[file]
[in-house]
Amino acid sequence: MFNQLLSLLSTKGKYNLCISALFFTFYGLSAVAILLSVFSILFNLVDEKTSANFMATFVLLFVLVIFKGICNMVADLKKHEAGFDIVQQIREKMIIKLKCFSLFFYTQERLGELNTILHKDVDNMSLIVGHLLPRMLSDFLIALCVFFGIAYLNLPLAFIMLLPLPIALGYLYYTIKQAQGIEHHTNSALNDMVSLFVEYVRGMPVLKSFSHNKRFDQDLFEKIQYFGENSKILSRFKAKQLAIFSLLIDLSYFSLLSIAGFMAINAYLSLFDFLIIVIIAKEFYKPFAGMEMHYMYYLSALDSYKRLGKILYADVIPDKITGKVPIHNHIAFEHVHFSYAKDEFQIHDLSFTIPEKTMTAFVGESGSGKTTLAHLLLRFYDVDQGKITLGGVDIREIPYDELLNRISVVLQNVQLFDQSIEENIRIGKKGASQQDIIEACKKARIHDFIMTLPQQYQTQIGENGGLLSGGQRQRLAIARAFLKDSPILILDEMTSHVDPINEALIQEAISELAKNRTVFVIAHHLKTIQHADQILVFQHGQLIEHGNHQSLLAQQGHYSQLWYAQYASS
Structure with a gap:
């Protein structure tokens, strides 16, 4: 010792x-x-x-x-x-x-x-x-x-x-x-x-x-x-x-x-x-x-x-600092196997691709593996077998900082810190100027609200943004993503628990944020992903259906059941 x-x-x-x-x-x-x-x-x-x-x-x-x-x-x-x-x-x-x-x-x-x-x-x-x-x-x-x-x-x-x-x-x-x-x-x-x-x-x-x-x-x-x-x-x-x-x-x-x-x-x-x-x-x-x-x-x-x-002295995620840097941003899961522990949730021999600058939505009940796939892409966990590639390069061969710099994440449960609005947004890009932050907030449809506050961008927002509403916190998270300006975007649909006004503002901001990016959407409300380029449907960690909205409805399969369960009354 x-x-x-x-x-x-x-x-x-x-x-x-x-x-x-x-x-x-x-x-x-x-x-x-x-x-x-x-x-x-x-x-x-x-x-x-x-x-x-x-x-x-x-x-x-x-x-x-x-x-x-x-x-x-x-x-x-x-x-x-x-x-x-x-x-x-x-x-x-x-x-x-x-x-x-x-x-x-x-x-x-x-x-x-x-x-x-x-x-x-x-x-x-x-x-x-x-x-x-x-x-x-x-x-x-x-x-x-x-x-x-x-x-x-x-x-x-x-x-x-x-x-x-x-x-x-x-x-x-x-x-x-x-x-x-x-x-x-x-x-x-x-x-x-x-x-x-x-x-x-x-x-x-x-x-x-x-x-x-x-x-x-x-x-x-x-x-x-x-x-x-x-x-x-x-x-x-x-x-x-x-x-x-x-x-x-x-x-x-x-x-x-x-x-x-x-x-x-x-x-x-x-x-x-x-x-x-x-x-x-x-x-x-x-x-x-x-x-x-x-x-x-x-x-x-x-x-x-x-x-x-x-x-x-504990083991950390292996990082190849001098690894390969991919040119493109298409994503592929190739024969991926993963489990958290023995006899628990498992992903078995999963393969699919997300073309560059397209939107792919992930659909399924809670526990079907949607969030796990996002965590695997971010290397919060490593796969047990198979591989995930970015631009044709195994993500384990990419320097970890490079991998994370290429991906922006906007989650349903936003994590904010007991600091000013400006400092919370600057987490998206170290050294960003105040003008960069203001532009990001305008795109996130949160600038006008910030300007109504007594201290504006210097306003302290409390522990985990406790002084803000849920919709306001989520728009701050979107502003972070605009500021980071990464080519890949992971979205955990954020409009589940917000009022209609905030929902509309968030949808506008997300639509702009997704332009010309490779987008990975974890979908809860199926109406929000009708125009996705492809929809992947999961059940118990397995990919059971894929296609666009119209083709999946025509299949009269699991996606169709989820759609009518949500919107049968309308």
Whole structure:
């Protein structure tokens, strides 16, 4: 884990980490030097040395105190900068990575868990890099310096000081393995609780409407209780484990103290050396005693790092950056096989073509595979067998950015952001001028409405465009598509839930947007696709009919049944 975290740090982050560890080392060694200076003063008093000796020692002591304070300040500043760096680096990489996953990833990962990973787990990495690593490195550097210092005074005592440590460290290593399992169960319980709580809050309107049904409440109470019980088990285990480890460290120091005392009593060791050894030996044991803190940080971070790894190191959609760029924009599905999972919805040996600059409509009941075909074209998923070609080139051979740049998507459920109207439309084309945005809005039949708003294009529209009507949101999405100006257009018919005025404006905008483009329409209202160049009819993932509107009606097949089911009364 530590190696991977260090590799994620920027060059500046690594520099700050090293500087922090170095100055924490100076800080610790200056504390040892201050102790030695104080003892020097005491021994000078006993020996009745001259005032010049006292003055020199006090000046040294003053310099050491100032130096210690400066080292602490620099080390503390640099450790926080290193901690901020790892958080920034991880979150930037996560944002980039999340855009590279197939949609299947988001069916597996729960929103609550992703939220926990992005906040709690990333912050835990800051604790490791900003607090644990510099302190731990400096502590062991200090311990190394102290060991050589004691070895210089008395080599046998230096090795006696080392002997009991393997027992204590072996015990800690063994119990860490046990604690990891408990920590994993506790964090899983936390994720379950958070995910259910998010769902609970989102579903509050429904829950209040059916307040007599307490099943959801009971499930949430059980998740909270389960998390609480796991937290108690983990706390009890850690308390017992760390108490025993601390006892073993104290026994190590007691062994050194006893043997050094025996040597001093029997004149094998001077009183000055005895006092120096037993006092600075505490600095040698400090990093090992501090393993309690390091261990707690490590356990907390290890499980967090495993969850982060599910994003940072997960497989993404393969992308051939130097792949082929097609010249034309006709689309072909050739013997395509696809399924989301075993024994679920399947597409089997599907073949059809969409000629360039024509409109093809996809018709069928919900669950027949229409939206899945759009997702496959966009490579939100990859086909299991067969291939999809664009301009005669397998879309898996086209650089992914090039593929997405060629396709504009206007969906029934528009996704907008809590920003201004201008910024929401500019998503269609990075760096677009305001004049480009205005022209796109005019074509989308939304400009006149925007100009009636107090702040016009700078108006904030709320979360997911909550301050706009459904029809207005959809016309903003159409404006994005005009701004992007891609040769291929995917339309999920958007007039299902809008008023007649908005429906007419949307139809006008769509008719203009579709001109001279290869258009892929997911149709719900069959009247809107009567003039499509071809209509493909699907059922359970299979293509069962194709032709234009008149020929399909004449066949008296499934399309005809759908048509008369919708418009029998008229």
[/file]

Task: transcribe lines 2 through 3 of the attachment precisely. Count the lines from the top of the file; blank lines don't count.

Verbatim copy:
Amino acid sequence: MFNQLLSLLSTKGKYNLCISALFFTFYGLSAVAILLSVFSILFNLVDEKTSANFMATFVLLFVLVIFKGICNMVADLKKHEAGFDIVQQIREKMIIKLKCFSLFFYTQERLGELNTILHKDVDNMSLIVGHLLPRMLSDFLIALCVFFGIAYLNLPLAFIMLLPLPIALGYLYYTIKQAQGIEHHTNSALNDMVSLFVEYVRGMPVLKSFSHNKRFDQDLFEKIQYFGENSKILSRFKAKQLAIFSLLIDLSYFSLLSIAGFMAINAYLSLFDFLIIVIIAKEFYKPFAGMEMHYMYYLSALDSYKRLGKILYADVIPDKITGKVPIHNHIAFEHVHFSYAKDEFQIHDLSFTIPEKTMTAFVGESGSGKTTLAHLLLRFYDVDQGKITLGGVDIREIPYDELLNRISVVLQNVQLFDQSIEENIRIGKKGASQQDIIEACKKARIHDFIMTLPQQYQTQIGENGGLLSGGQRQRLAIARAFLKDSPILILDEMTSHVDPINEALIQEAISELAKNRTVFVIAHHLKTIQHADQILVFQHGQLIEHGNHQSLLAQQGHYSQLWYAQYASS
Structure with a gap: